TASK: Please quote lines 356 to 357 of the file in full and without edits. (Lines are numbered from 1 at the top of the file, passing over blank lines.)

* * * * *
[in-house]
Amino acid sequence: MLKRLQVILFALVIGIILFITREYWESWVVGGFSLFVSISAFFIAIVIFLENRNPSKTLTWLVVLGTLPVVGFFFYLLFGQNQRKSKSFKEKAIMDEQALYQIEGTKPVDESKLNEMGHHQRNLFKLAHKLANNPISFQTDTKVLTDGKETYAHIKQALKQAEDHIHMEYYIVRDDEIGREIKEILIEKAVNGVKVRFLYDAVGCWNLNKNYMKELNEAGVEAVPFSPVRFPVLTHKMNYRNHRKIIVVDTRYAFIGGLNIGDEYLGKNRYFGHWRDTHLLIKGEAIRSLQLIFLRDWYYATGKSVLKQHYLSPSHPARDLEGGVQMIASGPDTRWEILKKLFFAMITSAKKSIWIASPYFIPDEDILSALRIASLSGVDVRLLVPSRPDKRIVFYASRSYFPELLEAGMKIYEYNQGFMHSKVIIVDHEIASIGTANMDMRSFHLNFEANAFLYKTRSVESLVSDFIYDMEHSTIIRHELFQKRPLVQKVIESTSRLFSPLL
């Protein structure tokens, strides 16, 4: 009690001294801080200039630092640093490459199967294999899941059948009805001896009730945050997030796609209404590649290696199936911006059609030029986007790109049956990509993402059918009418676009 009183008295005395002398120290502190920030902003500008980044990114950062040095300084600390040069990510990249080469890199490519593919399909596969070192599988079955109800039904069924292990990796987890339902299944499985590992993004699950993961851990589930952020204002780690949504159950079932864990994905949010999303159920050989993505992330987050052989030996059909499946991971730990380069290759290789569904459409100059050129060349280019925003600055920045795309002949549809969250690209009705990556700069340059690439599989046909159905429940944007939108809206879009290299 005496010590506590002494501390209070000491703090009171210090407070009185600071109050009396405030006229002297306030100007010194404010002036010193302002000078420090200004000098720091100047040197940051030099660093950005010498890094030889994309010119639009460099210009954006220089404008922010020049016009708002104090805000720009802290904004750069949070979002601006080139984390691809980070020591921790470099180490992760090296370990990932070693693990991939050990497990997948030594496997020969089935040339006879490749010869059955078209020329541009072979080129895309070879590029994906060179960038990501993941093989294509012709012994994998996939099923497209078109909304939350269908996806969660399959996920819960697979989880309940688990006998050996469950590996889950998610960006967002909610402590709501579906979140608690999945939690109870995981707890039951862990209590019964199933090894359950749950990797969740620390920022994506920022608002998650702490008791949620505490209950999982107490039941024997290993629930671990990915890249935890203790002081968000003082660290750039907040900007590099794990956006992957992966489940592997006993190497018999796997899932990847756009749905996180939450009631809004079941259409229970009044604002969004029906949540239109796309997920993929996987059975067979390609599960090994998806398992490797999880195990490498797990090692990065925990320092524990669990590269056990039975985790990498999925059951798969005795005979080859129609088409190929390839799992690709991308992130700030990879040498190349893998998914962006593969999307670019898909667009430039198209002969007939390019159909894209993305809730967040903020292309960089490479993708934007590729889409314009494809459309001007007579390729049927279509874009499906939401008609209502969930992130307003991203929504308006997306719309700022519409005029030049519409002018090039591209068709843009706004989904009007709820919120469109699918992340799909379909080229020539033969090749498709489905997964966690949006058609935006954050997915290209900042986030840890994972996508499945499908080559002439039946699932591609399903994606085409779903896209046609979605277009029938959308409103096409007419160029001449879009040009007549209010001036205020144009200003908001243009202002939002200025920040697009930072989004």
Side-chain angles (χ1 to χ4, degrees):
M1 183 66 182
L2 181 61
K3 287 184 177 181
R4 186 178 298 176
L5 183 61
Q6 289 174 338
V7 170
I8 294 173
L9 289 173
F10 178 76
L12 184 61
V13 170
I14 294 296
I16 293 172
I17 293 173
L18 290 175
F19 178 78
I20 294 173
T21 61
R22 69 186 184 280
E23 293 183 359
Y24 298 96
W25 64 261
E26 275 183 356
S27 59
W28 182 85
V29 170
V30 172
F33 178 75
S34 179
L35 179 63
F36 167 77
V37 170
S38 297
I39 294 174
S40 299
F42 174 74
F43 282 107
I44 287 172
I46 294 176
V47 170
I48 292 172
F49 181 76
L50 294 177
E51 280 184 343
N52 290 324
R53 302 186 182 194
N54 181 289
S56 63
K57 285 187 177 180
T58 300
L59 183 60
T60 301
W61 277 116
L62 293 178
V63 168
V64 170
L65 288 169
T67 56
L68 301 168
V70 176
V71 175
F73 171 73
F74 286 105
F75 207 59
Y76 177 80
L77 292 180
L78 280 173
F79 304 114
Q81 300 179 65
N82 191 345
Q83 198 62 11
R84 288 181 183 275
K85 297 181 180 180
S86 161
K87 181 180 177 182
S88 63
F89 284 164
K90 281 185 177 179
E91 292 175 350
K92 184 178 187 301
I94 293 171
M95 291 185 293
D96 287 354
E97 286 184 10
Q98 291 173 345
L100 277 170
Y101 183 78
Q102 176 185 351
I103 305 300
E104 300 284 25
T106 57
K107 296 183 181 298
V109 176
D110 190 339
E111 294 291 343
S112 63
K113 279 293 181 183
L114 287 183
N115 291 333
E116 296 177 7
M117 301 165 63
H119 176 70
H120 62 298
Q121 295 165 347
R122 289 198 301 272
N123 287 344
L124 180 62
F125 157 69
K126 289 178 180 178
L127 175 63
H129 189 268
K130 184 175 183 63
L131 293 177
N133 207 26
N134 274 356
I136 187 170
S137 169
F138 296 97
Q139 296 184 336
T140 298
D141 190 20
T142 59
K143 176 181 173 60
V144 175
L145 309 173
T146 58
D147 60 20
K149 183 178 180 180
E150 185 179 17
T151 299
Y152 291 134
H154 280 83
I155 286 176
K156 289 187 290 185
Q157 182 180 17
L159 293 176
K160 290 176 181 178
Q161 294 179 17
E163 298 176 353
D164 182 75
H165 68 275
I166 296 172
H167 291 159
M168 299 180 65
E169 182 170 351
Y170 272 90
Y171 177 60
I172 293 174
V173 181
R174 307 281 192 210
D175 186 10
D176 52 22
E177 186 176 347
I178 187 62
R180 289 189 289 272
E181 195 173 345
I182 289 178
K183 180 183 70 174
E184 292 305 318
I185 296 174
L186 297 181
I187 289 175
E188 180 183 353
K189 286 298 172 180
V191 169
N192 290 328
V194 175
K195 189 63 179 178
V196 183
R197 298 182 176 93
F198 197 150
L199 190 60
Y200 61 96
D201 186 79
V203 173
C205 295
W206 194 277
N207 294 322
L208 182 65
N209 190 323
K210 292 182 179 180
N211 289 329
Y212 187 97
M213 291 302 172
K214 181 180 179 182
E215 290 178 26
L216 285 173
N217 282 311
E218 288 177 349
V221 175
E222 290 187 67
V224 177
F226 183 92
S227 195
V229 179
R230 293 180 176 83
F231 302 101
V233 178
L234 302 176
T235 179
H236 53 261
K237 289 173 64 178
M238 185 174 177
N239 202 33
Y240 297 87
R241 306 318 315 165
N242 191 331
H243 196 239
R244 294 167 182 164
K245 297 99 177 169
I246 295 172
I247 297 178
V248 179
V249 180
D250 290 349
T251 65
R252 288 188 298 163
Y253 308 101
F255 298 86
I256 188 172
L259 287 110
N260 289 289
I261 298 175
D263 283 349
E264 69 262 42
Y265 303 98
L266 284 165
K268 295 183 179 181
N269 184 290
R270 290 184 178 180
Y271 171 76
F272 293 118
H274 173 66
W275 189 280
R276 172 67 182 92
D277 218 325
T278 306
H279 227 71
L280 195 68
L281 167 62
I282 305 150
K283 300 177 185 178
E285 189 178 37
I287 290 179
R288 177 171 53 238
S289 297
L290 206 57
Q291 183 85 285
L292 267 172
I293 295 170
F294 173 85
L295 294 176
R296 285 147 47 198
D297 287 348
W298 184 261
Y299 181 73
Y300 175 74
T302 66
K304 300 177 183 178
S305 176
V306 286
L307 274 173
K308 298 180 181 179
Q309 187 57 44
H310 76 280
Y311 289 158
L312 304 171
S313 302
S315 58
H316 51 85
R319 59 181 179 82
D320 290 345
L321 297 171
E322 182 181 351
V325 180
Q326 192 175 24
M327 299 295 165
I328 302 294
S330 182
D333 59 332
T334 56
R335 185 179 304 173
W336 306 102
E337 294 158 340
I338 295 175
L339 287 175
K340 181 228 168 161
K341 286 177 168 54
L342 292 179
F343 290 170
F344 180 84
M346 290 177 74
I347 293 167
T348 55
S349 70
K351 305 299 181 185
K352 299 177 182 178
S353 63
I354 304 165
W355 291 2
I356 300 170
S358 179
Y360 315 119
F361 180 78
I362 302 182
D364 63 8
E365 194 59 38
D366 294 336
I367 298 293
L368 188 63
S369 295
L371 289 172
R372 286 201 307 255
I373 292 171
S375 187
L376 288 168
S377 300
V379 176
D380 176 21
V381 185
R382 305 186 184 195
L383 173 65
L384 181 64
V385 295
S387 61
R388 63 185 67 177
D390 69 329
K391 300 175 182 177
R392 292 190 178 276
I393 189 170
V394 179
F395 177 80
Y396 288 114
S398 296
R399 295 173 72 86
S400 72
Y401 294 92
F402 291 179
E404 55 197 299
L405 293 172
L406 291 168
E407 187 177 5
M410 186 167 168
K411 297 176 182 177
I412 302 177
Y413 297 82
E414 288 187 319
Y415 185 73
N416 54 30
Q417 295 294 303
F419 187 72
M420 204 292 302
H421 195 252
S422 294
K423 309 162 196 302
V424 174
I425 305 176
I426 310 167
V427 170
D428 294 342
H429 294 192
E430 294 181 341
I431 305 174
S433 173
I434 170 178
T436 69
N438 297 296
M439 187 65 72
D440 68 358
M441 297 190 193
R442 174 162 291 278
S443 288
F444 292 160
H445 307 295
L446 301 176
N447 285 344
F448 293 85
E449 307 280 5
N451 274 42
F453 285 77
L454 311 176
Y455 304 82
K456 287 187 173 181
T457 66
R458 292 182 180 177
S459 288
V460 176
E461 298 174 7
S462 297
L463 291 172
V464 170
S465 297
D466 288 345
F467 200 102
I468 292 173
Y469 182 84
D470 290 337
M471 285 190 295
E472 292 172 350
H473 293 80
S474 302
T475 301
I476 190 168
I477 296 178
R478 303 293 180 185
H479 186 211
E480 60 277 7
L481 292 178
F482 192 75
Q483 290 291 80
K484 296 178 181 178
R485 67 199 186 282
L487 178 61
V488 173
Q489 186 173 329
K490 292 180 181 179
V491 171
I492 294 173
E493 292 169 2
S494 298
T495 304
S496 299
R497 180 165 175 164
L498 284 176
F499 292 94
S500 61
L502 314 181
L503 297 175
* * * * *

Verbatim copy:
F419 187 72
M420 204 292 302